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Is There a Dividend Tax? Your Guide to Taxes on Dividends

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Created on
September 4, 2022


What’s Inside

There are two ways to earn through investments. These are capital appreciation and dividends. Earnings through capital appreciation can be easier to calculate and tax. However, an applicable tax on dividend income can be complex to compute. 

Before we learn about income tax on dividends, lets learn about the sources of dividends. 

Where Do You Get Dividends From? 

You get dividends when you invest in listed stocks of a company or mutual fund. These dividends are declared over specific periods. They can be either interim or final. They can also be in the form of cash per share or bonus shares in equity holdings. 

In mutual funds, you can earn regular dividends only if you invest in a dividend mutual fund. These are mutual funds that invest in the assets of dividend-distributing companies. When the underlying assets of the mutual fund earn dividends, the asset management companies add them to the Net Asset Value (NAV) of the fund. How these dividends impact the scheme’s returns depends on its fund manager. This applies to both equity and debt mutual funds in India. 

Now, let’s discuss the applicable tax on dividend income from them. 

What are the dividend income taxes in India? 

Earlier, the companies distributing dividends were liable to pay a Dividend Distribution Tax (DDT). This tax was abolished during the Union Budget 2020, with the introduction of the Finance Act 2020. Now, these tax implications are moved to the hands of investors. 

The dividends earned on investments are now added to your income and taxed as per your income tax slab. Let’s understand this with the help of an example.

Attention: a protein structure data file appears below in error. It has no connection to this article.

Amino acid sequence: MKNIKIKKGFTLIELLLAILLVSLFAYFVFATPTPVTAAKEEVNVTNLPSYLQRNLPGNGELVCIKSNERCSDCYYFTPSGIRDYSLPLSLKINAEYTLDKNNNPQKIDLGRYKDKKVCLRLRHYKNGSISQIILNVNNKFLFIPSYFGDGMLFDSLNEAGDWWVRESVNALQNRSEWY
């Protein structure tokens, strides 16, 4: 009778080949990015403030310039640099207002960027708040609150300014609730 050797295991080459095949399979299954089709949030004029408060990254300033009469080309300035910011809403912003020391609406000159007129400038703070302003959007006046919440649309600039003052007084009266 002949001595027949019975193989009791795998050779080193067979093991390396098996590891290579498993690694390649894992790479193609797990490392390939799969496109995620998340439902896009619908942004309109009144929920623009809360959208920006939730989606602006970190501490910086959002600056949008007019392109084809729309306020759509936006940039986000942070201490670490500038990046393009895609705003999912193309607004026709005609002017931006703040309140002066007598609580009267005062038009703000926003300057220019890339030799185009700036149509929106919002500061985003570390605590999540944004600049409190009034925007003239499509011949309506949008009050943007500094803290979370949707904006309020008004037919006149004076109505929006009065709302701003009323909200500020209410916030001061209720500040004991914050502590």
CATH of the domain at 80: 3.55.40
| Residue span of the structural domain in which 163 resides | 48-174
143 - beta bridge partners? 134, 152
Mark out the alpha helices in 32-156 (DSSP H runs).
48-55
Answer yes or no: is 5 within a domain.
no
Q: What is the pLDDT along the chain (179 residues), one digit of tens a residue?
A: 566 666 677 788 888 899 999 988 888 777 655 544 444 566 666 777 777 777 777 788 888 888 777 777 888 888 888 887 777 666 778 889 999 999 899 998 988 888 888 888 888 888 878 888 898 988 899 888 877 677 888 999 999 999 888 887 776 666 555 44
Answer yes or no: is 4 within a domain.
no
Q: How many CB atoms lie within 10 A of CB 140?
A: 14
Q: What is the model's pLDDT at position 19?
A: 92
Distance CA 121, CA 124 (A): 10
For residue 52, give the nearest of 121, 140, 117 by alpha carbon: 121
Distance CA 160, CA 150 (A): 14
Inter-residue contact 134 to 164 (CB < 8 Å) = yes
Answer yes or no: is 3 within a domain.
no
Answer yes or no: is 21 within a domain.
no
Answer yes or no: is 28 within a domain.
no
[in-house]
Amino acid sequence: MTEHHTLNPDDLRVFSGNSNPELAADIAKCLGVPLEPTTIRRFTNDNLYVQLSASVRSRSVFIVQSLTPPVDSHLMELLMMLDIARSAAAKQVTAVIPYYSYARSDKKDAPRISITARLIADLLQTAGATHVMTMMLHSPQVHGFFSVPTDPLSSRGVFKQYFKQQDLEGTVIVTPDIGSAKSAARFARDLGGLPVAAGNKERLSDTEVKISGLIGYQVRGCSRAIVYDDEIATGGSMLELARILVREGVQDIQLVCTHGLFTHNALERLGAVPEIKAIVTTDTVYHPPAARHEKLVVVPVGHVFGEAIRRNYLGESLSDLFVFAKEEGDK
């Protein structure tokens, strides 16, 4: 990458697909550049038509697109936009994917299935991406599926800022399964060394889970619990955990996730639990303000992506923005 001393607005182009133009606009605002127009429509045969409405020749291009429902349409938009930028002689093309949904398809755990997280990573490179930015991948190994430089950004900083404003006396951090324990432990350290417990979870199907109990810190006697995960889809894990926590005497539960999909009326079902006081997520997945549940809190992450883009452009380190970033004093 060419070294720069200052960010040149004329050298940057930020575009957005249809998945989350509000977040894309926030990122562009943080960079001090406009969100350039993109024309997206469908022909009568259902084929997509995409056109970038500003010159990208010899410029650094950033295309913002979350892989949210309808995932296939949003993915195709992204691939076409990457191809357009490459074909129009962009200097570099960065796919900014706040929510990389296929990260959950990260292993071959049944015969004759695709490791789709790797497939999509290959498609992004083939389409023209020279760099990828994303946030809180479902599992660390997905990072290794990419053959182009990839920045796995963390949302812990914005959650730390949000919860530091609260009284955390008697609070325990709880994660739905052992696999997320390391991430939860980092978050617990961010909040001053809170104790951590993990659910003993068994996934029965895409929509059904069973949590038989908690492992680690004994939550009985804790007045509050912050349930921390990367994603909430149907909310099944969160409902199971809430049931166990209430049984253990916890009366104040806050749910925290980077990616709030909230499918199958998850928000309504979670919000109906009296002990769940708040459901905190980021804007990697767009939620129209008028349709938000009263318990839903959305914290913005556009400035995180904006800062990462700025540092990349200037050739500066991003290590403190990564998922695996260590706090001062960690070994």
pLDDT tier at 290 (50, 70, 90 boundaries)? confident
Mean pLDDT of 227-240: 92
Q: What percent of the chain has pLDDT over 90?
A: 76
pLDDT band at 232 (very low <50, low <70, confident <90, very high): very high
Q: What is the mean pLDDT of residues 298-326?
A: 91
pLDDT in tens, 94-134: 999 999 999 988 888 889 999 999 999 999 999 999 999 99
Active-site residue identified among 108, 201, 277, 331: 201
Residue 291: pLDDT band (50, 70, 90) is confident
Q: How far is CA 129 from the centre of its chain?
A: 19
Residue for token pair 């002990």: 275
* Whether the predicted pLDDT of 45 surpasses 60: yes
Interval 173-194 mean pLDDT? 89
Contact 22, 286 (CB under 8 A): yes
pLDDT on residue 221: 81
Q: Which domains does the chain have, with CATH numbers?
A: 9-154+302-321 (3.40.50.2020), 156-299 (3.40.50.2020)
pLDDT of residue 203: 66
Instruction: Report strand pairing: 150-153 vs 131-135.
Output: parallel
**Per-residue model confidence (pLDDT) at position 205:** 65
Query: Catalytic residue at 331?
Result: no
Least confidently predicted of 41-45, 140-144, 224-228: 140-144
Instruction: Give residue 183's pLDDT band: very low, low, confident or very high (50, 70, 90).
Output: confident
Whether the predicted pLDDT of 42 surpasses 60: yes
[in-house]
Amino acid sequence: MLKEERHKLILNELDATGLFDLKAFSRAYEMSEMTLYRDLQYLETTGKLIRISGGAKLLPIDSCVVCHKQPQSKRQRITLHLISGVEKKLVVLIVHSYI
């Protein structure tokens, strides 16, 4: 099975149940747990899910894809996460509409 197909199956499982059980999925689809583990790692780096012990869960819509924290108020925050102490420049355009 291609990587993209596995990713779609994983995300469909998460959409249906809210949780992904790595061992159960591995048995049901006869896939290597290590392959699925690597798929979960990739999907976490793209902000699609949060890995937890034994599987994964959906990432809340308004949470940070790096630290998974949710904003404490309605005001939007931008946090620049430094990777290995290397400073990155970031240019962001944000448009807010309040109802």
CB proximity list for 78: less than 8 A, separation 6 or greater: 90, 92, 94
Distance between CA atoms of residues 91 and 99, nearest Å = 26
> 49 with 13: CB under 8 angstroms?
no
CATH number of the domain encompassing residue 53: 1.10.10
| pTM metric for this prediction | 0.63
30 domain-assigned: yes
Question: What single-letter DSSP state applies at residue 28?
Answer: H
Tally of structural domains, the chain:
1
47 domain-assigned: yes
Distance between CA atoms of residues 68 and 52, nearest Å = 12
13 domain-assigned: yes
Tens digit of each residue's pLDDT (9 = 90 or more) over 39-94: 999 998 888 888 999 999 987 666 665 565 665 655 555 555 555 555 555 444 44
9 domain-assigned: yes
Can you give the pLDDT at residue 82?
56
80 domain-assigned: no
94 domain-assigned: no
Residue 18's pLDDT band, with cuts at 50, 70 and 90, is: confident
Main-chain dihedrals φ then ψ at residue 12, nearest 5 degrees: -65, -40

Suppose your annual income is greater than ₹15 lakh, and your income through dividends is ₹20,000 for the same year. You will be taxed 30 per cent on your dividend income. Therefore, your tax on dividends will be ₹6,000 (30 percent of ₹20,000). 

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What are the different rates for dividend income taxes in India? 

The tax rate for dividends also depends on whether you are a trader or a direct investor. Let’s look at both of them separately. 

If you are an investor investing in shares or mutual funds through a broker, your dividends will be added to your income. The dividends will be treated as your ‘income from other sources’. This income will be taxed as per your income tax slab. However, you can still claim deductions for your interest expenditure not exceeding 20 percent of your dividend amount. 

Similarly, if you are a trader, your dividend income will be considered your business income. Therefore, your dividends will be treated as your business or professional earnings and taxed accordingly. In this case, you can claim deductions on your income by considering business expenses over the period. These expenses can be loans, management expenses, collection charges and more. 

Let’s look at another example to understand this better

Suppose you invested in the shares of an Indian company. You earned a dividend of ₹5000 on your investment in a particular year. However, to invest in this asset, you had taken a loan for which you paid interest of ₹2000 for the same period.